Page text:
Desplechin and star Mathieu Amalric discuss Ismael’s Ghosts, what they bring to each other, the bigger-than-life characters they create and play, and the secrets that they keep.
The latest film from Arnaud Desplechin, one of the most eccentric French directors working today, merrily goes in all directions. Mathieu Amalric plays Ismael, a film director about to embark on his next project when his former partner Carlotta (Marion Cotillard) suddenly reappears out of the blue. The woman had mysteriously vanished years ago, leaving Ismael confused and distressed, until his new partner, the calm and collected Sylvia (Charlotte Gainsbourg), saved him from total despair. Carlotta’s return triggers a series of flashbacks into the lives of each character: in an unpredictable whirlwind of revelations and quiet confessions, old wounds are reopened, while others are finally healed.
With Desplechin’s usual knack for wild storylines and fantastical flourishes, Ismael’s Ghosts is an often disorienting, thrilling experience. As part of the Rendez-Vous with French Cinema, Desplechin and star Amalric talked to Elena Lazic about what they bring to each other, the bigger-than-life characters they create and play, and the secrets that they keep.
7R: In many interviews, Mathieu [Amalric] said that you were the one who made him as an actor. What do you find so interesting about Mathieu?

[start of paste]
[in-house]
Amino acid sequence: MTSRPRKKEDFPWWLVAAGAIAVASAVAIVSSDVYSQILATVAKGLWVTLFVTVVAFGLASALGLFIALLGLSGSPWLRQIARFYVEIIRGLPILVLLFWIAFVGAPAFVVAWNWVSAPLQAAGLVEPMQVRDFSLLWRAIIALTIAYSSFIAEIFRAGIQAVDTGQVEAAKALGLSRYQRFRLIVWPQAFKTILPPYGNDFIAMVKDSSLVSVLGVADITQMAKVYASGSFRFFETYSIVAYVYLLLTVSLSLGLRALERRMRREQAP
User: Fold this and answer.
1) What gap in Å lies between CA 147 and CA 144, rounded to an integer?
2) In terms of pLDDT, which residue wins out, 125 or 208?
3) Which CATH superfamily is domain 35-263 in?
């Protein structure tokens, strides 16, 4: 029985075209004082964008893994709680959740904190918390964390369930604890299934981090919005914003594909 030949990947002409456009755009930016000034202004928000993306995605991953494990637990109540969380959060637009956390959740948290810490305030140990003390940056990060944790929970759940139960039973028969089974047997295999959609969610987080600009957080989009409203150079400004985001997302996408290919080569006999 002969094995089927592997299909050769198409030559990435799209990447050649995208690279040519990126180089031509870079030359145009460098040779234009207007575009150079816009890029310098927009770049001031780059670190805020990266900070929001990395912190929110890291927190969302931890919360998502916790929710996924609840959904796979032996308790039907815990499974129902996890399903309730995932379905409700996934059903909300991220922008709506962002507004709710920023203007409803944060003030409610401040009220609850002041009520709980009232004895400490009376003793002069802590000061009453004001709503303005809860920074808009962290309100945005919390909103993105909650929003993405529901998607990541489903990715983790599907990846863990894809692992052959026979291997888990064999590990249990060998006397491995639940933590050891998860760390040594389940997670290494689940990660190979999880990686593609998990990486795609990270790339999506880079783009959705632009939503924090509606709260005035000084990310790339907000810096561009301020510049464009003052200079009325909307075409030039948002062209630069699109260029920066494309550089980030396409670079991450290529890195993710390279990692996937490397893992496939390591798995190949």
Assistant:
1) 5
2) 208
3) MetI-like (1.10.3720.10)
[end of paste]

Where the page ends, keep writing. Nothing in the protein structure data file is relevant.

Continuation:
Arnaud Desplechin (AD): That was very kind of Mathieu to say. But as time passes, now, I could say that Mathieu has invented me as a director. It’s true! I wouldn’t write in the same way if I hadn’t met that guy. Because the first film we made together, My Sex Life… or How I Got into an Argument, changed my life. With it, I realised that I could find actors able to act my lines out. My writing became freer after I met Mathieu. Today, I don’t know what belongs to Mathieu and what belongs to me anymore, and I think that’s a nice definition for friendship.
I met Mathieu at a casting session for My Sex Life, and Mathieu didn’t understand what was required. He was sure that it was a casting for him to be the first AD [Assistant Director] of the film, and that he was supposed to give the lines to the actresses, as we do during the casting process. So I whispered to Mathieu “actually, you are the one who’s being cast.” And so he started to become serious and deliver the lines as an actor.